In April 2011, Groupe-6 and GD architects were named as winners of the competition to design the
future Riviera-Chablais hospital in Rennaz. The project passed another milestone in October 2013
when planning permission was granted, leading to the start of construction work in 2014.
A hospital uniting two cantons
The future Riviera-Chablais Hospital is located in the commune of Rennaz, strategically located on
the border between the cantons of Vaud and Valais. This inter-cantonal acute care facility features
350 hospital beds, a large technical plateau and out-patient services. Developed for technical and
economic reasons, and to ensure sustainable, high-quality care in the Vaud Riviera and Chablais,
the Riviera-Chablais hospital will replace the two hospitals of Riviera and Chablais and five existing
acute care centres. By grouping acute care on a single site, the new hospital will better respond to the
need for specialization, as well as the increase in chronic diseases and polypathologies related to the
ageing population. It will form the core of a new hospital complex, serving a population of 180,000
when the hospital opens. It will accommodate some 2,000 people.
Care and a broad landscape
Built on three levels, the building fits horizontally into the landscape. Nestling in the valley, it is scaled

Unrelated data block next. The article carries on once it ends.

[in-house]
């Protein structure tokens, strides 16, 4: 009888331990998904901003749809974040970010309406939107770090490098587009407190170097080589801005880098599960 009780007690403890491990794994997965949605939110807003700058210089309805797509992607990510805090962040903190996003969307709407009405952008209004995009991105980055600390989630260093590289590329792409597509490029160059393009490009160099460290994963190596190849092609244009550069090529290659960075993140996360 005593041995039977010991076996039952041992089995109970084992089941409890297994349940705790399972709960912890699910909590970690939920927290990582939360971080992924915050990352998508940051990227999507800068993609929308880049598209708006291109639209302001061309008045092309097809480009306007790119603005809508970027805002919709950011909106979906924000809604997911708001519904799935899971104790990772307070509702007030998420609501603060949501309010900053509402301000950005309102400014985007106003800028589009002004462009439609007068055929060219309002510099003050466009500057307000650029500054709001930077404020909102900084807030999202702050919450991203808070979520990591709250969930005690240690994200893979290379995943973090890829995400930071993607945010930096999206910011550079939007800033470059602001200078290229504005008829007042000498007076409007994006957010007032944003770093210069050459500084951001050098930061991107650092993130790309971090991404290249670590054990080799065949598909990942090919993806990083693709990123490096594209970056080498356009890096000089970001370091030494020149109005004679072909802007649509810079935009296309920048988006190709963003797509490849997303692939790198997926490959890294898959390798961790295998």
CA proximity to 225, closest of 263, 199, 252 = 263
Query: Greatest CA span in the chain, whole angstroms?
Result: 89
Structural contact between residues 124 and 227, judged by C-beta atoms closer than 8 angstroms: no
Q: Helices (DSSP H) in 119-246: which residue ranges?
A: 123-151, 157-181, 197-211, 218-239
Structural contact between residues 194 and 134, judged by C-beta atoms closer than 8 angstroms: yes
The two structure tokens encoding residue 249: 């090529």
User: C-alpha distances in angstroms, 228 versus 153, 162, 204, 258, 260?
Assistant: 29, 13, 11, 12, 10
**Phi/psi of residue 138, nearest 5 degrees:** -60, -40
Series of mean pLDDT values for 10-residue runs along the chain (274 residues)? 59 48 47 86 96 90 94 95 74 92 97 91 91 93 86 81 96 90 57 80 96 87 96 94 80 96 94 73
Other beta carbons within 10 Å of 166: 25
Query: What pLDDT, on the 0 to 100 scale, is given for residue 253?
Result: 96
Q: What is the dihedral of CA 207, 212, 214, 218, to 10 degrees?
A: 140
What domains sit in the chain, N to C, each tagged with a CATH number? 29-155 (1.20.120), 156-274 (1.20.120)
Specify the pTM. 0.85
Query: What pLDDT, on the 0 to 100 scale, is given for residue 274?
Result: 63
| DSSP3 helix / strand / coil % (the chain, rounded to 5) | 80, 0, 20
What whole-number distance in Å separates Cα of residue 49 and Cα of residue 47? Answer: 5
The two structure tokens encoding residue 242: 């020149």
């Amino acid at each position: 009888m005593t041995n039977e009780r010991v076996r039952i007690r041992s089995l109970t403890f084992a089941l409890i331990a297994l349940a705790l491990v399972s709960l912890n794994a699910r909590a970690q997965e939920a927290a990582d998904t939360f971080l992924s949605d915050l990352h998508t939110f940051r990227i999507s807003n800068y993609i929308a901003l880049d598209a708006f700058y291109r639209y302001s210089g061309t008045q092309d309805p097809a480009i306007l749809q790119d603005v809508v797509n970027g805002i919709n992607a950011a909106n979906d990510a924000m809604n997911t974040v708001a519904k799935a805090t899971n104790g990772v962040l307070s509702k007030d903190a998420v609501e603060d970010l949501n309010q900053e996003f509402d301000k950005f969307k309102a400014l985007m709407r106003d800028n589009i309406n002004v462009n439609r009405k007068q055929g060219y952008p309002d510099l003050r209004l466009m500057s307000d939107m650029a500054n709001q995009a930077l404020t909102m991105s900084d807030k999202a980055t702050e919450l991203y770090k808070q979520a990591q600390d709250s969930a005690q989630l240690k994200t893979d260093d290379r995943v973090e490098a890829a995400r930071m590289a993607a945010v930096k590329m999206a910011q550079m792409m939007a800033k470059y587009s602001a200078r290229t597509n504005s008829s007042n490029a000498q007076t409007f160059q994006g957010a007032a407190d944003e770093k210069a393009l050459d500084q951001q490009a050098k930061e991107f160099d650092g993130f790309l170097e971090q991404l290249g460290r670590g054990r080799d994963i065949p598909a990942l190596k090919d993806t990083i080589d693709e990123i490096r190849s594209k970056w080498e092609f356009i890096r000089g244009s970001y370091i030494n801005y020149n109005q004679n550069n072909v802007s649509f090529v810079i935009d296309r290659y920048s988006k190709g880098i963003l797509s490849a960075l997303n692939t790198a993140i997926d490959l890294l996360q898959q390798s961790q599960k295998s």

in proportion to both the surrounding region and the neighbouring village. Respectful of the area,
it stands directly onto the ground, with no basement level. At its summit, the top floors interact with
the silhouette of the roofs of Rennaz. This compact building unfolds its horizontal lines and radically
daring façades, without competing with the village.
Composed of superimposed strata, the building is made up of three main components :
• The top floor, which houses the accommodation area, is composed of a dark mineral façade which
evokes the rock of the mountains. Shielded from the disturbances of the busy roads, the patient
rooms open out onto internal courtyards. Only the panorama of the mountains is visible. The atmosphere
is protective, it inspires tranquillity and rest. It is a healing environment.
• The first two levels accommodate emergency medical functions, imaging, intensive care, operating